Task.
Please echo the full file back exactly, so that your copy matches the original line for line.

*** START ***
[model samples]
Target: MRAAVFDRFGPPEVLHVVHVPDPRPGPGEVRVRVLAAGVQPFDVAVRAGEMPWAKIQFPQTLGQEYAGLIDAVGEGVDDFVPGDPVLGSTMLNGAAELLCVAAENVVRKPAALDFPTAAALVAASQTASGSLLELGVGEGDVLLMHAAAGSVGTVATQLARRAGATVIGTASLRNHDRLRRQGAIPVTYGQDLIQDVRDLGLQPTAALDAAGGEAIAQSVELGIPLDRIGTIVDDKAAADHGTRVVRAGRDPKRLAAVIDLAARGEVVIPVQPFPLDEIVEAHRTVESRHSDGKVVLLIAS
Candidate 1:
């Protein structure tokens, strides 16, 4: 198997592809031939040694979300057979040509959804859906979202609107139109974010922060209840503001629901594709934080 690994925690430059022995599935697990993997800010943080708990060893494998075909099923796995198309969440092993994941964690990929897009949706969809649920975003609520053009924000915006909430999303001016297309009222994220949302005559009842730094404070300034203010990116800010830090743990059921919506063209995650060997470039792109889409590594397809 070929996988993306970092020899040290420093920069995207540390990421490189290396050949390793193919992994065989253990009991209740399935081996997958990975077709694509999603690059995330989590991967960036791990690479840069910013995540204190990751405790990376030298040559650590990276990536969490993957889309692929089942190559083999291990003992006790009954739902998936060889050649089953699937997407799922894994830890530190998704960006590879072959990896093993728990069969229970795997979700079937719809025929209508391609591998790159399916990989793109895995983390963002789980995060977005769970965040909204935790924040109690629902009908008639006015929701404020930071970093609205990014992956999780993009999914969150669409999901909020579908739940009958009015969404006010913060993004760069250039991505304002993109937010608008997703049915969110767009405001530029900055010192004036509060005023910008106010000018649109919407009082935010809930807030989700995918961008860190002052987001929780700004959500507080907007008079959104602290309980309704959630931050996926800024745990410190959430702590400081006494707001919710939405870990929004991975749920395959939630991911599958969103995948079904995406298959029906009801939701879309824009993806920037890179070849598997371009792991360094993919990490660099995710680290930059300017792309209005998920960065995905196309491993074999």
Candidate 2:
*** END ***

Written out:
[model samples]
Target: MRAAVFDRFGPPEVLHVVHVPDPRPGPGEVRVRVLAAGVQPFDVAVRAGEMPWAKIQFPQTLGQEYAGLIDAVGEGVDDFVPGDPVLGSTMLNGAAELLCVAAENVVRKPAALDFPTAAALVAASQTASGSLLELGVGEGDVLLMHAAAGSVGTVATQLARRAGATVIGTASLRNHDRLRRQGAIPVTYGQDLIQDVRDLGLQPTAALDAAGGEAIAQSVELGIPLDRIGTIVDDKAAADHGTRVVRAGRDPKRLAAVIDLAARGEVVIPVQPFPLDEIVEAHRTVESRHSDGKVVLLIAS
Candidate 1:
């Protein structure tokens, strides 16, 4: 198997592809031939040694979300057979040509959804859906979202609107139109974010922060209840503001629901594709934080 690994925690430059022995599935697990993997800010943080708990060893494998075909099923796995198309969440092993994941964690990929897009949706969809649920975003609520053009924000915006909430999303001016297309009222994220949302005559009842730094404070300034203010990116800010830090743990059921919506063209995650060997470039792109889409590594397809 070929996988993306970092020899040290420093920069995207540390990421490189290396050949390793193919992994065989253990009991209740399935081996997958990975077709694509999603690059995330989590991967960036791990690479840069910013995540204190990751405790990376030298040559650590990276990536969490993957889309692929089942190559083999291990003992006790009954739902998936060889050649089953699937997407799922894994830890530190998704960006590879072959990896093993728990069969229970795997979700079937719809025929209508391609591998790159399916990989793109895995983390963002789980995060977005769970965040909204935790924040109690629902009908008639006015929701404020930071970093609205990014992956999780993009999914969150669409999901909020579908739940009958009015969404006010913060993004760069250039991505304002993109937010608008997703049915969110767009405001530029900055010192004036509060005023910008106010000018649109919407009082935010809930807030989700995918961008860190002052987001929780700004959500507080907007008079959104602290309980309704959630931050996926800024745990410190959430702590400081006494707001919710939405870990929004991975749920395959939630991911599958969103995948079904995406298959029906009801939701879309824009993806920037890179070849598997371009792991360094993919990490660099995710680290930059300017792309209005998920960065995905196309491993074999």
Candidate 2: